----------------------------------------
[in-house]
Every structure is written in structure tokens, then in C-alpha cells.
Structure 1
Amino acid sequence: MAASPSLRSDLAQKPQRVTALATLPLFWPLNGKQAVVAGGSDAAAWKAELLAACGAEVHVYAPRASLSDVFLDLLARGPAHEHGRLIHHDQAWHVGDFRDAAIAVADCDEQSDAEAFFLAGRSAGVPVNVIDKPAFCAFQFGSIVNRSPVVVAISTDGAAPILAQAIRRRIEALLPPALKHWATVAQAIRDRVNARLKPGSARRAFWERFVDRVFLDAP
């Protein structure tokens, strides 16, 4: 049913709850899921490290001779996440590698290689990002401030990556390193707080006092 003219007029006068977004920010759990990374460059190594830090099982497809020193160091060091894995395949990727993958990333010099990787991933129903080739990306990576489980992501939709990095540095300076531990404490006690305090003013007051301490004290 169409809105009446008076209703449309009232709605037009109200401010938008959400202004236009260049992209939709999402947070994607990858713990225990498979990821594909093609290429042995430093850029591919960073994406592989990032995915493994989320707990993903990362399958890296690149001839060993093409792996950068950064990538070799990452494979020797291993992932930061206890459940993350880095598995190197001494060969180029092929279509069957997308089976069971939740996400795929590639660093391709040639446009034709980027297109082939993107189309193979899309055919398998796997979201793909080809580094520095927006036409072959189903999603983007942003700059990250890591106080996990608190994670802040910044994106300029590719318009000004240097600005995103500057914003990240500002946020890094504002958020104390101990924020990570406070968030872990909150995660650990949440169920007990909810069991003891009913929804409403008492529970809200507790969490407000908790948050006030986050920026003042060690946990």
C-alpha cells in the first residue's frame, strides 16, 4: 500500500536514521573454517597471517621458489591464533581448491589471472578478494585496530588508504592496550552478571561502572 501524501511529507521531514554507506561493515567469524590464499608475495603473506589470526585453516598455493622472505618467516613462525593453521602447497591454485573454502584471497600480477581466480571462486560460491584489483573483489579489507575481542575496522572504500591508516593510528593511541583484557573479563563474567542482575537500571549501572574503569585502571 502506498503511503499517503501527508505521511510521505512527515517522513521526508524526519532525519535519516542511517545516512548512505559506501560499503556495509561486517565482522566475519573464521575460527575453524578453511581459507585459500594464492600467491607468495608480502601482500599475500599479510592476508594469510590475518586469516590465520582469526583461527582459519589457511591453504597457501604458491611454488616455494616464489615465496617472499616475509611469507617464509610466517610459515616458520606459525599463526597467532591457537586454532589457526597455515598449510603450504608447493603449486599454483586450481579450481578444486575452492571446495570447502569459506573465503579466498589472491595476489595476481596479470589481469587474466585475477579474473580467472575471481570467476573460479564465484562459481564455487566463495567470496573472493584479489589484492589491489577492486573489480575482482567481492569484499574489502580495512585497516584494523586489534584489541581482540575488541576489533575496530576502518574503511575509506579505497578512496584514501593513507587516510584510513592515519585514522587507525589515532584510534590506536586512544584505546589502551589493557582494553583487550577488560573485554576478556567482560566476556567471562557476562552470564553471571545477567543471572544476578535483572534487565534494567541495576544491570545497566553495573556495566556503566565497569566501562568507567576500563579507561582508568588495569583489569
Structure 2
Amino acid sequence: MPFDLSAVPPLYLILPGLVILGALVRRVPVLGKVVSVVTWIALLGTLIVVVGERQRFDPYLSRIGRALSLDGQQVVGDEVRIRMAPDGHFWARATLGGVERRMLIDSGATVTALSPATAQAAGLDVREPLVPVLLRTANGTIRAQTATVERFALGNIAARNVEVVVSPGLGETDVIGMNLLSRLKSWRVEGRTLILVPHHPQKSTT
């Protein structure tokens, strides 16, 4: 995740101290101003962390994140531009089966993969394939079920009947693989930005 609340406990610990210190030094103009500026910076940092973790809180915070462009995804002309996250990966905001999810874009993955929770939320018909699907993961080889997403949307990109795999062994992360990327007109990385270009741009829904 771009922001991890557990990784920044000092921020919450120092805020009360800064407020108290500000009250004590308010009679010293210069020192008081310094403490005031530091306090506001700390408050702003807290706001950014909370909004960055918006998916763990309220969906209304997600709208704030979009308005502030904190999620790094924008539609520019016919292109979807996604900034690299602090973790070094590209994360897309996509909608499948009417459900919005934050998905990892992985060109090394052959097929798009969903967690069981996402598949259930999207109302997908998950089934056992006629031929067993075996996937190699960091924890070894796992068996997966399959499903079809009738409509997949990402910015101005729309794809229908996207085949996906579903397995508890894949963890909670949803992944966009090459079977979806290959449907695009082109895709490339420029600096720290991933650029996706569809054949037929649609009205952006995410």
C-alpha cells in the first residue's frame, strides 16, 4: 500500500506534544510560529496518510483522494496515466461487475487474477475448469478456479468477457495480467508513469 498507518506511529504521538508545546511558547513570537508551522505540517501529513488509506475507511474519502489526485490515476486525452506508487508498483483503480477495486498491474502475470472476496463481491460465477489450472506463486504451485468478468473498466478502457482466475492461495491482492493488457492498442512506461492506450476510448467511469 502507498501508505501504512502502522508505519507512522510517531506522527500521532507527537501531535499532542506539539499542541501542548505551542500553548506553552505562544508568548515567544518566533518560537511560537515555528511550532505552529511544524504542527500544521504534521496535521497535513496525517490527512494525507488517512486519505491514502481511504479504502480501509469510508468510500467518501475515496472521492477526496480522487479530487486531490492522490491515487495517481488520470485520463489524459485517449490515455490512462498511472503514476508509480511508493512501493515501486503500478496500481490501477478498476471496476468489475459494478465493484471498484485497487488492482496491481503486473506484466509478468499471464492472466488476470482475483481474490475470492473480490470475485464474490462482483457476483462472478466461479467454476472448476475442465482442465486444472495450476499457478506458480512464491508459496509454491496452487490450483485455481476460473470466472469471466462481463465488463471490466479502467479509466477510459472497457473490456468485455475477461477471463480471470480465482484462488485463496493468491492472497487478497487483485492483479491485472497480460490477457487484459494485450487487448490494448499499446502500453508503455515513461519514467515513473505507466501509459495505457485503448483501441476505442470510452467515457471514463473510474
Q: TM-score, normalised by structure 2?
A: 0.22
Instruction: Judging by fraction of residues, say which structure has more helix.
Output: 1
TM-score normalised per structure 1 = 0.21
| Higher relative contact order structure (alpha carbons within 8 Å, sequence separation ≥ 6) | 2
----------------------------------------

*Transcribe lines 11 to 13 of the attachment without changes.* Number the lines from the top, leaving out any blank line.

Q: TM-score, normalised by structure 2?
A: 0.22
Instruction: Judging by fraction of residues, say which structure has more helix.